Growing up, my mom never made lotus root for us at home. If she did, I don’t remember. It’s not really her fault. I think it’s because the convenience of cooking other vegetables was more appealing to her. We ate a lot of greens, sprouts, soups, and stews, and the requisite kimchi. We felt like we weren’t missing out at all. As a little kid, I didn’t know what a lotus root looked like, so I never searched for it on our grocery trips. In fact, I hadn’t seen what one looked like until I was in middle school, looking through a book of botanical illustrations. They looked strange to me, all bulbous and holey. How can something like this be edible?
Once I knew what the root looked like, I saw it everywhere! They were in small containers as ready-to-eat banchan (반찬 – side dishes), pouches sitting in vinegar solution, and stacks of them in the produce section. For years, I continued to wonder what was so great about them.
It was around high school when I was eating Korean food at a restaurant, and out came some sliced lotus root on a little plate. By then, my fear of these muddy rhizomes turned into curiosity. After eating a slice, I loved the sweetness and crunch that I couldn’t pretend to hate it any longer!
This dish is simple to make, and retains its characteristic crunchy texture that make it a delight to eat!
Recipe for Yeongeun Jorim (연근조림) - Braised Lotus Root
- 1 Sliced and Braised Lotus Root
- 1 lotus root, about 6 inches long
- 480ml (2 cups) Water
- 1 4-inch square of Dashima
- 70g (¼-cup) Soy Sauce
- 16g (1T) Sake
- 8g (½T) Rice Vinegar
- 80g (¼-cup) Maltose
- 25g (2T) Granulated Sugar
- 3g (1t) Garlic, minced
- 25g (2T) Sesame Oil
- Sesame seeds, to finish
- Wash and peel the lotus root. Slice to ¼-inch thickness, place into a pot, and fill with water just until covered. Add a tablespoon of vinegar and bring the pot to a boil. Continue boiling for 2-3 minutes.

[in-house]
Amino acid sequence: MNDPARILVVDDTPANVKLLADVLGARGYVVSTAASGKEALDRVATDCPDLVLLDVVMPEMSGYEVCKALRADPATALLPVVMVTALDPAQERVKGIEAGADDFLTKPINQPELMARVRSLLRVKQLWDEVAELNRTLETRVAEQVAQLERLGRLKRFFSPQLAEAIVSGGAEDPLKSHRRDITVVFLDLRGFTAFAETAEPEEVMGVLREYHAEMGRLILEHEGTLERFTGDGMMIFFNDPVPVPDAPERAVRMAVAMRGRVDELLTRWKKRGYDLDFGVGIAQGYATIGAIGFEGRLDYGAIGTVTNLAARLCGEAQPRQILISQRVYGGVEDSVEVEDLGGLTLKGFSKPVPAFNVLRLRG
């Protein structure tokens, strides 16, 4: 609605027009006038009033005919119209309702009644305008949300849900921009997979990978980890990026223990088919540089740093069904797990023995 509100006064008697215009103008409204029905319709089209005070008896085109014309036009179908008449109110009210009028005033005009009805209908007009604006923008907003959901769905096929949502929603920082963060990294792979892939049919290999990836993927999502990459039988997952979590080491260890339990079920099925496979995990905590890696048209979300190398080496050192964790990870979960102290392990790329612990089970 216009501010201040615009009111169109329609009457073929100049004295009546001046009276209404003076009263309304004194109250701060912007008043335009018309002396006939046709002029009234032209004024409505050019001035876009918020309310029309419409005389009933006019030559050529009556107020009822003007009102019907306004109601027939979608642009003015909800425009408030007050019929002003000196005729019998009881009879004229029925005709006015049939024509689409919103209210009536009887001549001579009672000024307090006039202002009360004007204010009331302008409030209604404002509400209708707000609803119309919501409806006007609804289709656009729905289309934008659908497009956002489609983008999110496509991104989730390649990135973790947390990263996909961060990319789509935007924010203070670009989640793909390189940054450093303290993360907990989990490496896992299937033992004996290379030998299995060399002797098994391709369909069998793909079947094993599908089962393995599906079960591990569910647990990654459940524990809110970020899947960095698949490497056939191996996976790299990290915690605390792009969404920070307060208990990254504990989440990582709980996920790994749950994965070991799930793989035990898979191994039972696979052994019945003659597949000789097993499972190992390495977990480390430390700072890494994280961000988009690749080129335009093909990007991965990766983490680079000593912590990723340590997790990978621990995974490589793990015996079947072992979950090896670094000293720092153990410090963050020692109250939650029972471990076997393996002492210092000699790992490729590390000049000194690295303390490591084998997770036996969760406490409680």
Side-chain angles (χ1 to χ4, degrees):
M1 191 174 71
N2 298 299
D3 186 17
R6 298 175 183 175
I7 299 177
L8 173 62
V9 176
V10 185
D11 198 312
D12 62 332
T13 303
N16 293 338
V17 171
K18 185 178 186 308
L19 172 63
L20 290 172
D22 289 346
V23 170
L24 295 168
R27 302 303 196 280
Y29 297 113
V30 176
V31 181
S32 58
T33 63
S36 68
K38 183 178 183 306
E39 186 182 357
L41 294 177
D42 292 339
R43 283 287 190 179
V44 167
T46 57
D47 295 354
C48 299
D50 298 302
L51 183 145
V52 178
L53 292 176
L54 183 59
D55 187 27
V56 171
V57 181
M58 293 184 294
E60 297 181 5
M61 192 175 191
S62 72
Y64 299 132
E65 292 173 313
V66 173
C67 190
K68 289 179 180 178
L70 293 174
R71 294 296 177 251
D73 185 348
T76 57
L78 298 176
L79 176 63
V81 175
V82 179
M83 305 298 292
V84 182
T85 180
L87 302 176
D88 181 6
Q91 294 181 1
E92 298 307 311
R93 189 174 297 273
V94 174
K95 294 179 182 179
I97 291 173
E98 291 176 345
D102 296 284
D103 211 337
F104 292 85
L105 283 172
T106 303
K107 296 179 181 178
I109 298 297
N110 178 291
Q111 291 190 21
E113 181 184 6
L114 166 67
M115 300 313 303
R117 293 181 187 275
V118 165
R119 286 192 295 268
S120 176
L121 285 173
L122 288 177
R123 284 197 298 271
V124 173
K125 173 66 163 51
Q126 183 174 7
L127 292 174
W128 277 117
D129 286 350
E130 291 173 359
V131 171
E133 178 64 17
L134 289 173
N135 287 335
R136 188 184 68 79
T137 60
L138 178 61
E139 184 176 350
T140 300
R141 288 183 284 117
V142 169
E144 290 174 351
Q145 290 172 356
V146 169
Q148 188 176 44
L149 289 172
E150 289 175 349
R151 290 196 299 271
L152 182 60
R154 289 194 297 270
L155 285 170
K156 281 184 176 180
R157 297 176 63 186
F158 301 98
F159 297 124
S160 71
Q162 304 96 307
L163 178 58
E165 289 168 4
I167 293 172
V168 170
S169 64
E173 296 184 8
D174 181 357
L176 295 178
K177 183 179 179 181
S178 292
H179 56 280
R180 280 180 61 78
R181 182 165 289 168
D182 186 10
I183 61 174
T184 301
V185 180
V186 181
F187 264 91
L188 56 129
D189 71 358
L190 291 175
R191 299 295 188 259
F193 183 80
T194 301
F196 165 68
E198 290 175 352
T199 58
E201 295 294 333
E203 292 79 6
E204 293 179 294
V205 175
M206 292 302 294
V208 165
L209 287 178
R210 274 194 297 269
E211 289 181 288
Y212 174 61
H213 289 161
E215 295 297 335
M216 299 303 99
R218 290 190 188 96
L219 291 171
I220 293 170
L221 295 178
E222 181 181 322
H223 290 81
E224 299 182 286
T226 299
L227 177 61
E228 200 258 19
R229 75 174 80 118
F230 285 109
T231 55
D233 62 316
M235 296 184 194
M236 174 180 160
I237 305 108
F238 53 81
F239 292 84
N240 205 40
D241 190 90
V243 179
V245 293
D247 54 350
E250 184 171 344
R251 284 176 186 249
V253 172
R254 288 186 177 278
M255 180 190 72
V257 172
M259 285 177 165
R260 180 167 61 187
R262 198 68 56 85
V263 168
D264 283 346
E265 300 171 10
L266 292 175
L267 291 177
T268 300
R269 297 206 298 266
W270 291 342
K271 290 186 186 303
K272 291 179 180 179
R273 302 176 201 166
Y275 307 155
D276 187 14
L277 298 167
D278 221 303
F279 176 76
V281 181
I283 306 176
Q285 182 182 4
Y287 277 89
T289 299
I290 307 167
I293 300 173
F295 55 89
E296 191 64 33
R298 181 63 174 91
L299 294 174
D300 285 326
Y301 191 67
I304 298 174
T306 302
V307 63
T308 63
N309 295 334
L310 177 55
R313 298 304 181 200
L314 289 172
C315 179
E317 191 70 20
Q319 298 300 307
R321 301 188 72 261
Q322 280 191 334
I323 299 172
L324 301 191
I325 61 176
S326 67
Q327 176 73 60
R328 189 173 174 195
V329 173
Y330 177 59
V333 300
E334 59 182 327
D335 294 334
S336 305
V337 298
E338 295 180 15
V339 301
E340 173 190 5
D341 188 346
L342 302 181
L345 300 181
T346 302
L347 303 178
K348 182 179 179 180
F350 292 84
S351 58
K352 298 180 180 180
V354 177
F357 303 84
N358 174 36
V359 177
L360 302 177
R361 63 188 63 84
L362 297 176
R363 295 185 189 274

- Turn off the flame, drain, and rinse the lotus root slices. Set aside. Rinse the pot.
- Bring together the water, dashima, soy sauce, sake, rice vinegar, maltose, sugar, and minced garlic to the pot. Turn on the flame to high, and once the mixture begins to simmer, remove the dashima and add the sliced root. Lower the flame to medium.
- Braise the lotus root for 30-40 minutes, stirring occasionally to prevent burning.
- Fish out the lotus root, and reduce the liquid until it becomes syrupy. Turn off the flame, add the sesame oil and root, and coat all sides.
- Sprinkle some sesame seeds and serve with other banchan and rice!
- The lotus root can have some discoloration, so be sure to remove any soft or brown spots before slicing.
- Dashima (다시마), aka Kombu (昆布), is a kind of kelp. I use the dried kind here. The white coating you find on this seaweed is normal. Don't remove it, because that is what gives the liquid its flavor. Just give the kelp a quick rinse under cold water before using.
- It's important to remove the kelp before the liquid mixture comes to a boil. If it's left in the pot for too long, the liquid can turn bitter.
- This can be kept in the refrigerator for up to a week. It's just as delicious cold as it is warm.
**Here are some of the ingredients I use for this recipe. Please, feel free to browse and ask questions on anything you see listed below.**
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